(3) It’s one of JAX/LAC or KC/IND (or rather, IND), and my reasoning is this. The Jaguars gave up 28 points to Washington in Week 1 and then completely shut the Colts out in Week 2. The Colts, meanwhile, have only scored 20 points in two games (one of which included overtime). Oh, and the Chargers have “only” scored 48 points in two games….not a tiny number, but certainly a bit below expectations for an elite offense. So the question is…is Jacksonville’s defense significantly better than expected? Or is the Colts offense failing (even if temporarily)? If the former, JAX/LAC is likely to not shoot out. If the latter, Indy is likely to struggle to keep up and while KC can still rack up a ton of points, the game is unlikely to shoot out.

    Hilow >>

    (1) I think the clear answer to that first part is BUF @ MIA. There won’t be a single tout or site that fails to hype that game up as a potential shootout. If you read the Edge this week, I purposefully wrote the “Likeliest Game Flow” section of this game up as I did to kind of highlight the fact that while this game is the likeliest to shootout, it does not mean it will shootout – and there are many, many more games (as was mentioned in the question) that carry chances of blowing the slate up. So, my answer to the second part of the question isn’t “I do or don’t agree with it,” it’s highlighting the range of outcomes of potential game environments – realize what a roster is saying has to happen in order for it to hit outlier performances and take a GPP down (more on this in the End Around and The Slate podcast).

    (2) Hands down – Rams/Cardinals. Only Zach Ertz is currently projected for more than 5% ownership from Arizona. It’s the game with the lowest spread and so much bias surrounding Arizona (to be fair, they have looked completely lost on offense – but it’s still Kyler Murray). Very, very close second to Eagles/Commanders. Outside of Jalen Hurts and Curtis Samuel, there isn’t much emphasis being placed on this game environment by the field currently.

    (3) Jaguars/Chargers as I think there are more paths to failure than the rest of these games. Is Justin Herbert healthy enough to take a hit and continue playing? Is the Jaguars defense for real or did they simply benefit from stacking the box against a broken opponent last week? That said, I don’t think the field is even paying attention to this game – that makes me want to pay attention to this game.

    Mike >>
    1. BUF // MIA is the the game that everyone will think of as “most likely to be MIA// BAL” due to Miami as the common denominator and the dominance the Bills have shown so far. That being said, I also think people have had too long to overthink this spot and it may actually end up coming in with lower ownership than expected as people attempt to “get away from the chalk”. I do think this game has a huge chance to blow up again, especially with all of the injuries on the Bills defense.
    2. KC // IND is going way too overlooked for a game featuring Patrick Mahomes in a dome against a Gus Bradley defense that will be missing all-pro LB Shaquille (formerly Darius) Leonard. I won’t be surprised to see a repeat of the Chiefs performance from Week 1, and the Colts offense should look much better this week at home with their receiving corps healthy again.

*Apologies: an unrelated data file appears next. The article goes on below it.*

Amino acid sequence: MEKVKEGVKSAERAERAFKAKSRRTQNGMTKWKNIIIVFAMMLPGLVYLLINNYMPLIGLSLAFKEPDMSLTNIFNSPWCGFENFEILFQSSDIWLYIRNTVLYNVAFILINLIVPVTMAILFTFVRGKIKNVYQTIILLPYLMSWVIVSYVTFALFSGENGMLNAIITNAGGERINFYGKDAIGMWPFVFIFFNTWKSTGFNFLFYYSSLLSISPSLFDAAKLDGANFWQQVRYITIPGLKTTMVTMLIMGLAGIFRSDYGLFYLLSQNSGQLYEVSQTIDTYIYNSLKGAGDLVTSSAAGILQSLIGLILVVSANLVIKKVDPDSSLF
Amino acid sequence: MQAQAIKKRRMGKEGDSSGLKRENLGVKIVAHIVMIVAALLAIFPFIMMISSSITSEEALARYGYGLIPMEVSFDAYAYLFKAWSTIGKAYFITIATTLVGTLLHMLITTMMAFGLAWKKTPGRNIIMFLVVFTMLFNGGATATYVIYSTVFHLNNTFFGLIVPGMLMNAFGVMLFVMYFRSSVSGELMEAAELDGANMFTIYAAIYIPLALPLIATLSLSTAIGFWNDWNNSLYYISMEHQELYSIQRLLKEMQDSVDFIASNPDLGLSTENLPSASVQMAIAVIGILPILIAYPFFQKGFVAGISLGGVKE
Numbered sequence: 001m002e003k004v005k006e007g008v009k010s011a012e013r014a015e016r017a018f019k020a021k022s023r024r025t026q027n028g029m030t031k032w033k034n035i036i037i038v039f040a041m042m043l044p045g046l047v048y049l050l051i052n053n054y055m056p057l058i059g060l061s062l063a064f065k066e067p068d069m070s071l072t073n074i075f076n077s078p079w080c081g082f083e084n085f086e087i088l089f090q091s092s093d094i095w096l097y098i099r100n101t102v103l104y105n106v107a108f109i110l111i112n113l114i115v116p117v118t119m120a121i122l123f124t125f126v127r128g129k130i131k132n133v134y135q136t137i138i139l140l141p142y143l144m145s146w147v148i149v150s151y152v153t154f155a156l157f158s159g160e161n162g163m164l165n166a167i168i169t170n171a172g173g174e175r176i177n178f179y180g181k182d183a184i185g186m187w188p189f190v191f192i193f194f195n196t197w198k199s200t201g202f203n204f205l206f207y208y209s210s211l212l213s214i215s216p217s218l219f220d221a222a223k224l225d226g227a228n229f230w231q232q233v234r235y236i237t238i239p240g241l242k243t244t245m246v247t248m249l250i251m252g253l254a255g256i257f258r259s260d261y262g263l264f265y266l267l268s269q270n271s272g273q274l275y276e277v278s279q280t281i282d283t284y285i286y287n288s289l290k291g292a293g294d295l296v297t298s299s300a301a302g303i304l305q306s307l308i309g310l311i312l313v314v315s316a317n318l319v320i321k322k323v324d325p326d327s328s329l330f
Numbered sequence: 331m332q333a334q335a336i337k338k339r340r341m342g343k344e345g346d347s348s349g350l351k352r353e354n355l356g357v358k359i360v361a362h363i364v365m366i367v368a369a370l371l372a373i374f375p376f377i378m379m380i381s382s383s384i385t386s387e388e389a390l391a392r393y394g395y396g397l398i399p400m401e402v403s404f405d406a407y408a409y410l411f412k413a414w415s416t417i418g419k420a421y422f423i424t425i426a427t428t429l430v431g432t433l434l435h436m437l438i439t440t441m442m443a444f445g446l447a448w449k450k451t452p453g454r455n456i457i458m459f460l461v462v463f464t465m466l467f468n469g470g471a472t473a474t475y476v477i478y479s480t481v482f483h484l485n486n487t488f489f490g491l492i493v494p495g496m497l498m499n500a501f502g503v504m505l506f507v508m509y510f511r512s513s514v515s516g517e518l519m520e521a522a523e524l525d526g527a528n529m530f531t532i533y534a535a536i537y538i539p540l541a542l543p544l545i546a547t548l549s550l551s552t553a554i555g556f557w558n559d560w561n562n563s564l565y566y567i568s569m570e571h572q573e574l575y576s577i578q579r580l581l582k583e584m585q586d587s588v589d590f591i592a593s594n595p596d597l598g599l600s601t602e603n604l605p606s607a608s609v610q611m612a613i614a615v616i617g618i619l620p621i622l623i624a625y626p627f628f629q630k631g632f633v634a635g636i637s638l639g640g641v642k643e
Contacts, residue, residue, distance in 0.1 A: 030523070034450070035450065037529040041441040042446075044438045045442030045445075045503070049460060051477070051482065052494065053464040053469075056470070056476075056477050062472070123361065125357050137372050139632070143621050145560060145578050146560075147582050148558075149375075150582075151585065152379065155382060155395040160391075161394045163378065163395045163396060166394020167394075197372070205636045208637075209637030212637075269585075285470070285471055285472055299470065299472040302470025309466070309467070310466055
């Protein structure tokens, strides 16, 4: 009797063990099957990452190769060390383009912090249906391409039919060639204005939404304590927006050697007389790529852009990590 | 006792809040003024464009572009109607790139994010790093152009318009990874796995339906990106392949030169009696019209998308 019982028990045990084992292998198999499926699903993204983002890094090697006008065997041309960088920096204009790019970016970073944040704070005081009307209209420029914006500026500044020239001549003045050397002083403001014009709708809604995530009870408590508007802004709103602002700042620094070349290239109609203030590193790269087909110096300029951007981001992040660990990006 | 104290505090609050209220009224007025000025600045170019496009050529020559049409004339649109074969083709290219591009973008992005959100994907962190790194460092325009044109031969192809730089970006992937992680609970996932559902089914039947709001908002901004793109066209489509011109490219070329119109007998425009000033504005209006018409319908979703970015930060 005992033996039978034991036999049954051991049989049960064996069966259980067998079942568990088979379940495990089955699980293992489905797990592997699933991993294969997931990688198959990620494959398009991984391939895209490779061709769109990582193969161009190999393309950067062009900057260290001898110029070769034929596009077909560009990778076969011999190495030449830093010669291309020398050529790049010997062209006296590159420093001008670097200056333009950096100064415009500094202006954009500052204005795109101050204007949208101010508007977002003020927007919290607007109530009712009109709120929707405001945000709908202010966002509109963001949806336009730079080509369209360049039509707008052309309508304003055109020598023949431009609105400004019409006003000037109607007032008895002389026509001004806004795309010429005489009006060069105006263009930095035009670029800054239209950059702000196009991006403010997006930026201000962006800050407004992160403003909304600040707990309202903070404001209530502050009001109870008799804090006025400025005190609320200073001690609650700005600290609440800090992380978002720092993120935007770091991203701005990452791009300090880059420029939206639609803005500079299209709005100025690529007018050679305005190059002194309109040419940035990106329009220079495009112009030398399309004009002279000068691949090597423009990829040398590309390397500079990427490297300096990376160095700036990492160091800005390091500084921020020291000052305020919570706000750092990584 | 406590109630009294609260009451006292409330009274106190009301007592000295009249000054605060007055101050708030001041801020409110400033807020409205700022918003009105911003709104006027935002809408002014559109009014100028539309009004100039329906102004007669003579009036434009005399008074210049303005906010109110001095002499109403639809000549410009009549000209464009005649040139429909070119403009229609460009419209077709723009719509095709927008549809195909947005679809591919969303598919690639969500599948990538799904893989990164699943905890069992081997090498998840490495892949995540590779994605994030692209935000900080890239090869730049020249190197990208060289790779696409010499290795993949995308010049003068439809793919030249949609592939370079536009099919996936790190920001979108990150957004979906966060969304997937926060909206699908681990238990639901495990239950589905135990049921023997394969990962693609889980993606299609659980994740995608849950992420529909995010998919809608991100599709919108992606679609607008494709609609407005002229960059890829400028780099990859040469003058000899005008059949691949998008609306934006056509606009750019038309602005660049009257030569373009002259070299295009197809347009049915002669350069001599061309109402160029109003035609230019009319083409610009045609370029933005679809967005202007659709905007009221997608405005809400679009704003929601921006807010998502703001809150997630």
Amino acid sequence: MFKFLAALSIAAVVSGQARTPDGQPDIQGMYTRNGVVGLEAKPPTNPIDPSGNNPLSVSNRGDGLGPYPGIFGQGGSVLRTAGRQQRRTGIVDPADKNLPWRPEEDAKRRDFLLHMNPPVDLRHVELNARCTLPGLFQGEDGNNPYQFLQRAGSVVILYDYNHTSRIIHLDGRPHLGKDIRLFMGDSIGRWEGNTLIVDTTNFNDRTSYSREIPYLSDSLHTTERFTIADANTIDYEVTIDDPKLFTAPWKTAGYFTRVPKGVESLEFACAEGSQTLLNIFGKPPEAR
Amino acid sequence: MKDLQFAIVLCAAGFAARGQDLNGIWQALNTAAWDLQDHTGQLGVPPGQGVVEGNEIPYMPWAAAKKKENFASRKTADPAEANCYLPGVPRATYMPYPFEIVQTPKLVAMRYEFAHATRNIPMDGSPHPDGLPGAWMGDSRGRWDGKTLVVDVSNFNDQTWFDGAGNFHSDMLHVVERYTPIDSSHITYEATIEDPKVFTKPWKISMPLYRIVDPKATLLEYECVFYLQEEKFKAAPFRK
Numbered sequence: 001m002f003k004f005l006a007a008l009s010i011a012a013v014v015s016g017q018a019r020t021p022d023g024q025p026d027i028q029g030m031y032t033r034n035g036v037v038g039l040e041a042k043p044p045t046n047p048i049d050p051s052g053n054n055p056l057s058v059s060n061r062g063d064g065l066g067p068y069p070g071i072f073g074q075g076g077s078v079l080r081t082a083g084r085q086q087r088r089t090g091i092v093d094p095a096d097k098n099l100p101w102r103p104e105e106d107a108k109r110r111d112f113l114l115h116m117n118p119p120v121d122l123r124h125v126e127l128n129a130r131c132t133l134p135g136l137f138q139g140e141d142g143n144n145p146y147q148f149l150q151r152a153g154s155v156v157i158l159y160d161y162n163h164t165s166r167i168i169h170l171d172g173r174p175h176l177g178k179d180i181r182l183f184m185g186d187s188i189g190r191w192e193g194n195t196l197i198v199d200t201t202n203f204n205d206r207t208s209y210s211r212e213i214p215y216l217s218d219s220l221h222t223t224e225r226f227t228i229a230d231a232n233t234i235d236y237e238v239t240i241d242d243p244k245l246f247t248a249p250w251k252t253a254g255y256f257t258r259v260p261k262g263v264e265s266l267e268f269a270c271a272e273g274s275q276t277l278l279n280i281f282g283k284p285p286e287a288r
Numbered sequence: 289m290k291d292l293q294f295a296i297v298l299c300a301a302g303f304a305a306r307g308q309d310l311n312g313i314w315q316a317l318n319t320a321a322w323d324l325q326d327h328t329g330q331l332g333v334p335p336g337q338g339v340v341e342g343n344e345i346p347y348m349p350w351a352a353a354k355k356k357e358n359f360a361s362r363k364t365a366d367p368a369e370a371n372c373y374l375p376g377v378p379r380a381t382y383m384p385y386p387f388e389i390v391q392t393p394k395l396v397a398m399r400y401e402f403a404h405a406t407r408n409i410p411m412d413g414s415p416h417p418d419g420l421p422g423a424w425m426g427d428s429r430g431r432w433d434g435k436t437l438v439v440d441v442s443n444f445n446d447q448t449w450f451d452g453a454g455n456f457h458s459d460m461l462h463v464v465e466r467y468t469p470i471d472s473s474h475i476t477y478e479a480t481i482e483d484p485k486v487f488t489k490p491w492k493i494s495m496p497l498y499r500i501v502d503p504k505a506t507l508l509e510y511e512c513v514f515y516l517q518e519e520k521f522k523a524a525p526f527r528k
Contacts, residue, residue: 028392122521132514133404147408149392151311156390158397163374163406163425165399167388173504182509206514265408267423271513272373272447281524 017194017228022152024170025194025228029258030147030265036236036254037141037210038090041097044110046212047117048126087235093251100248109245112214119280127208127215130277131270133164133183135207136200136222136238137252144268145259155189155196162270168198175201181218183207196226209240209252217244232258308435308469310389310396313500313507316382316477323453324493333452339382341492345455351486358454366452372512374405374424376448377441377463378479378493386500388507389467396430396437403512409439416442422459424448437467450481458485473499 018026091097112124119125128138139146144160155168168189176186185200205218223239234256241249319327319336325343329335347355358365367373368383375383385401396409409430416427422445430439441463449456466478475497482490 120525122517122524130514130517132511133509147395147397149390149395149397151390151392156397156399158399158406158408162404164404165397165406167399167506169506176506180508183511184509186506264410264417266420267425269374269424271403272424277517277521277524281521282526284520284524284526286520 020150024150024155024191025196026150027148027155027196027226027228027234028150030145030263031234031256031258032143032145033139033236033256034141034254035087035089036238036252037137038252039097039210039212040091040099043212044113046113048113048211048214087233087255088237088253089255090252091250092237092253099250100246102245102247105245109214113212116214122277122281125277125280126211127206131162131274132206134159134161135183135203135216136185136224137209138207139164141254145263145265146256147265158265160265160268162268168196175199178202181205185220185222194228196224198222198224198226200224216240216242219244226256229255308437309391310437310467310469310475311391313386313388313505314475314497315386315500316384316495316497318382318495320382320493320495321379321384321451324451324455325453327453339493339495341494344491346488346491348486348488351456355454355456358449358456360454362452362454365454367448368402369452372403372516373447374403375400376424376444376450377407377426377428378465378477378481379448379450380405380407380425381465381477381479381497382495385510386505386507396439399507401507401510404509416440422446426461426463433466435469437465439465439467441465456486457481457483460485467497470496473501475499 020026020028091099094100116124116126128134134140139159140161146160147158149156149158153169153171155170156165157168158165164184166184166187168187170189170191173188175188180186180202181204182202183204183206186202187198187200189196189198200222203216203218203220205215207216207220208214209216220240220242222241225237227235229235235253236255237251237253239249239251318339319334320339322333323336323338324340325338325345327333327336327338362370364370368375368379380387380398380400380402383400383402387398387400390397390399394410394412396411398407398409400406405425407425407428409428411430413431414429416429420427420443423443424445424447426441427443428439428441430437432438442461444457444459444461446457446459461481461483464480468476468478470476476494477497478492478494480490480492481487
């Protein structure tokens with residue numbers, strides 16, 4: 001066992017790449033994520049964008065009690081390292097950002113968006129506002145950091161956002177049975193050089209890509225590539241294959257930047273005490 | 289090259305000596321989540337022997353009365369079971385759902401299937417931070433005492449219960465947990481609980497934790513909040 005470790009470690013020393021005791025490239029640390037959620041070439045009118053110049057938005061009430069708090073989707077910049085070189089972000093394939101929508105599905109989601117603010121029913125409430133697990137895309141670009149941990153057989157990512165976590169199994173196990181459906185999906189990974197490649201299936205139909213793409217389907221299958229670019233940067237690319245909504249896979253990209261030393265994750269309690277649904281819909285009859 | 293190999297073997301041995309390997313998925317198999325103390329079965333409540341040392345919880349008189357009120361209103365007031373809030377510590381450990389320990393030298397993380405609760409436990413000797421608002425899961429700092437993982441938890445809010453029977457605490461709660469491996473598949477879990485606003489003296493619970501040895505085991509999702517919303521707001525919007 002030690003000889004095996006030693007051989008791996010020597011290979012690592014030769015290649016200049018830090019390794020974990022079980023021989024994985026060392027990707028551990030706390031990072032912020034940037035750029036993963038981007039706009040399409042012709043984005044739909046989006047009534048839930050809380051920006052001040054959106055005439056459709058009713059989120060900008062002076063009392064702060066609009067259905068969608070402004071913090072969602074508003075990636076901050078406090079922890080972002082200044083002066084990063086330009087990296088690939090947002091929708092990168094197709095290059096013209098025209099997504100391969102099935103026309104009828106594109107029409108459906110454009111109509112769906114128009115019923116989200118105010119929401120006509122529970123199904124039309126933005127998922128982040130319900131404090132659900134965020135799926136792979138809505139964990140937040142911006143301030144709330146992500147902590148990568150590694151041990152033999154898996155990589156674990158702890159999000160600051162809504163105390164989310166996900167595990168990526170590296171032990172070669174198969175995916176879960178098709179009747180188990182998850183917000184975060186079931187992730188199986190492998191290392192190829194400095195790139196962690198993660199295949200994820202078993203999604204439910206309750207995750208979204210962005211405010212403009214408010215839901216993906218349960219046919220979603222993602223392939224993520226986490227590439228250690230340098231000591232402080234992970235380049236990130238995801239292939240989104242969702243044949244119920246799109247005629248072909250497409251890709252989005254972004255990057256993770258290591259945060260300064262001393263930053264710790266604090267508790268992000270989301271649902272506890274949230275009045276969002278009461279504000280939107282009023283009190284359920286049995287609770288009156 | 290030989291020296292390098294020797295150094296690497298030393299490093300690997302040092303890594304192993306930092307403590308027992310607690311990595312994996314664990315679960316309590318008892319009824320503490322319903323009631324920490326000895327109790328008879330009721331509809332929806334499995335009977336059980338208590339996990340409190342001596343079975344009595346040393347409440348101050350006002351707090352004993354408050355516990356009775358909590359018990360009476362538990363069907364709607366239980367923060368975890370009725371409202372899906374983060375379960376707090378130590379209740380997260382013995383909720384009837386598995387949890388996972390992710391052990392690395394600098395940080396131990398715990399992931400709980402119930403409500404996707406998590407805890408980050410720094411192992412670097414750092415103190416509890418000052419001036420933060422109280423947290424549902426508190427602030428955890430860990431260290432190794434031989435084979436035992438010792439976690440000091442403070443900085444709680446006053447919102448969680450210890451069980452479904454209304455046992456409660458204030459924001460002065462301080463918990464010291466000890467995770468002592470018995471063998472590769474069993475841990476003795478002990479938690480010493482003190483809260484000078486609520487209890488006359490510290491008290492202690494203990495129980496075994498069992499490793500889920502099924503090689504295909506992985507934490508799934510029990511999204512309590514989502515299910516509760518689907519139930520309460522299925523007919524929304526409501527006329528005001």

3. JAX // LAC is the clear answer here as likeliest to disappoint with Herbert’s status in question, but that’s already reflected in the line movement throughout the week. With that caveat, I think what we saw in the PHI // MIN game on Monday night has a good chance of happening again in PHI // WAS, as I could see Carson Wentz crashing back down to earth hard against an elite Eagles defense.

    2. Regression Candidates

    The Question ::

    As DFS players, we know that usage and talent are two things that, over time, will almost always win out and show itself in the box score. Sometimes we can get caught waiting too long for these things, or miss a change in situation, and get burned. However, staying the course and/or “going back to the well” can often be quite profitable. I (Mike // mjohnson86) had my best week of the year last season in Week 3 as I hit on several players or situations – a Josh Allen stack, Saquon Barkley, and DK Metcalf – that had disappointed the first two weeks but I bet on their talent and usage to “regress” and that they had big weeks coming. I was lucky to have all of those things hit at once for a big score and to bink a couple tournaments, but the thought holds and it is something we see almost every season. 

    As we head into this year’s Week 3, what are some players or teams that you are “betting on regression” and confident have big, tournament winning days coming soon?

    The Answers ::

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    Sunday Crunch

    Sunday Crunch is an Inner Circle feature that can be found on the Sunday Crunch Discord channel each week. We also post the Sunday Crunch notes in The Scroll, where non-IC members can jump into a chunk of the content each week.

    What Can Brown Do For You? ::

    AJ Brown has touched the ball 15 times this season. AJ Brown has zero touchdowns this season. Over the course of AJ Brown’s career, he has scored a touchdown once every 8.2 touches. AJ Brown’s team is projected to score just under four touchdowns this week. The Commanders defense has given up an average of 7.5 receptions, 150.5 yards from scrimmage, and one touchdown to opposing #1 WRs through two weeks. AJ Brown is projected to have single-digit ownership. What Brown can do for you is bink a tournament.

    Getting Defensive ::